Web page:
Impressed, the barhounds began to congratulate Boyd. "Hey, that's good, Woody," Norm told him.
"Good, Woody. Elmer Goodwoody. Shortstop. Chicago White Sox...."
"Woody, take a rest."
"Take-a-Rest. Winner of the 1947 Epsom Derby...."
In both baseball and beer, there have always been bad hops, and who would know better than Malone? Baseball and beer have been his life's work. But not even Mayday, whose career fielding percentage was a respectable .970, is fully prepared to handle this: the last last call at his bar beneath Melville's. As of Sunday, Malone still hadn't revealed why he is closing the joint that has become a home away from home plate for so many ballplayers, and a clubhouse for those who never played the game. But two things are certain: The place is closing, and Malone has the courage to move on with his life.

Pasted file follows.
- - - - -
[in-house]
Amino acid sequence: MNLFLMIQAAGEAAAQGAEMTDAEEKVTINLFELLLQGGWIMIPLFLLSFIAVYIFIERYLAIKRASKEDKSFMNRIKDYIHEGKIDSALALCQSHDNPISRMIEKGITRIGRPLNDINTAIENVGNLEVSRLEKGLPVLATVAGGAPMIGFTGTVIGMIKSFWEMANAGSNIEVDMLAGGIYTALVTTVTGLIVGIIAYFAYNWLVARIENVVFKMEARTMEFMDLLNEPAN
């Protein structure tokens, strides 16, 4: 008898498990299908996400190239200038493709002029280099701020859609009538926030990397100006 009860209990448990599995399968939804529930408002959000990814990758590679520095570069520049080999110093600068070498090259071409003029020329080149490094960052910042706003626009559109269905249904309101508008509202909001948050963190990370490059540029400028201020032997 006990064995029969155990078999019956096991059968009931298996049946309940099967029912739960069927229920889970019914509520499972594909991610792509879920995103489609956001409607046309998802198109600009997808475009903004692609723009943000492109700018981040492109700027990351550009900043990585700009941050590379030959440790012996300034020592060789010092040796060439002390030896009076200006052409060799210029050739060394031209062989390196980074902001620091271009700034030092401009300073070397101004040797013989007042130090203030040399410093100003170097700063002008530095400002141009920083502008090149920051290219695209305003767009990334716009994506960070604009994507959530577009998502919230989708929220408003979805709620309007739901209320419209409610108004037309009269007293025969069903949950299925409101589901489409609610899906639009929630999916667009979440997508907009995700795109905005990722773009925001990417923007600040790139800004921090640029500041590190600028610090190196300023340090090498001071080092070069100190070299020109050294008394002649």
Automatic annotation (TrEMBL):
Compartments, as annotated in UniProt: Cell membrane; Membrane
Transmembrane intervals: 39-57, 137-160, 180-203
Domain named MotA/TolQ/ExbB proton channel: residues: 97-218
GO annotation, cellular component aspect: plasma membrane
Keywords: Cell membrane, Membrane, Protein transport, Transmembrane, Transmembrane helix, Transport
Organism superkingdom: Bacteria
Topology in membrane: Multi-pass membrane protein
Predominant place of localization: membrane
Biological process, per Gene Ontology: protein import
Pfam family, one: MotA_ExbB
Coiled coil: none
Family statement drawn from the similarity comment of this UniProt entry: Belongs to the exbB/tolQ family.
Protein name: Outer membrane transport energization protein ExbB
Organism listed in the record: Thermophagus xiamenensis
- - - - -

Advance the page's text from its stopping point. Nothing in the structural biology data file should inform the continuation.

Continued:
"I gave my neighbor's kid a Sam Malone baseball card to stick in the spokes of his bike," Kincaid once told Mayday. "Now when he rides it it goes wimp wimp wimp wimp wimp."
But that was then. Recently, Boggs ran into Malone in Boston. Predictably, Mayday told his onetime patron the oldest lie there is: "The pants are in the mail." No surprise there. What is surprising are the circumstances in which their conversation took place. "We did a card show together," says Boggs. "I only had 50 people in my line. But Sam had about 5,000. I was done in 10 minutes. Sam took five hours. He was definitely the star."
The star? It is true. As the light fades from his beacon on Beacon Street, Sam Malone is no longer being taken for granted. He raised the spirits of the people who walked into his bar: it's about time they raised some spirits to him. After all this time, Malone is finally getting a proper send-off. Five thousand people at a card show. HUB FANS BID SAM ADIEU.
Isn't that a nice ending? Mayday Malone no longer hears the boos, but quite the opposite.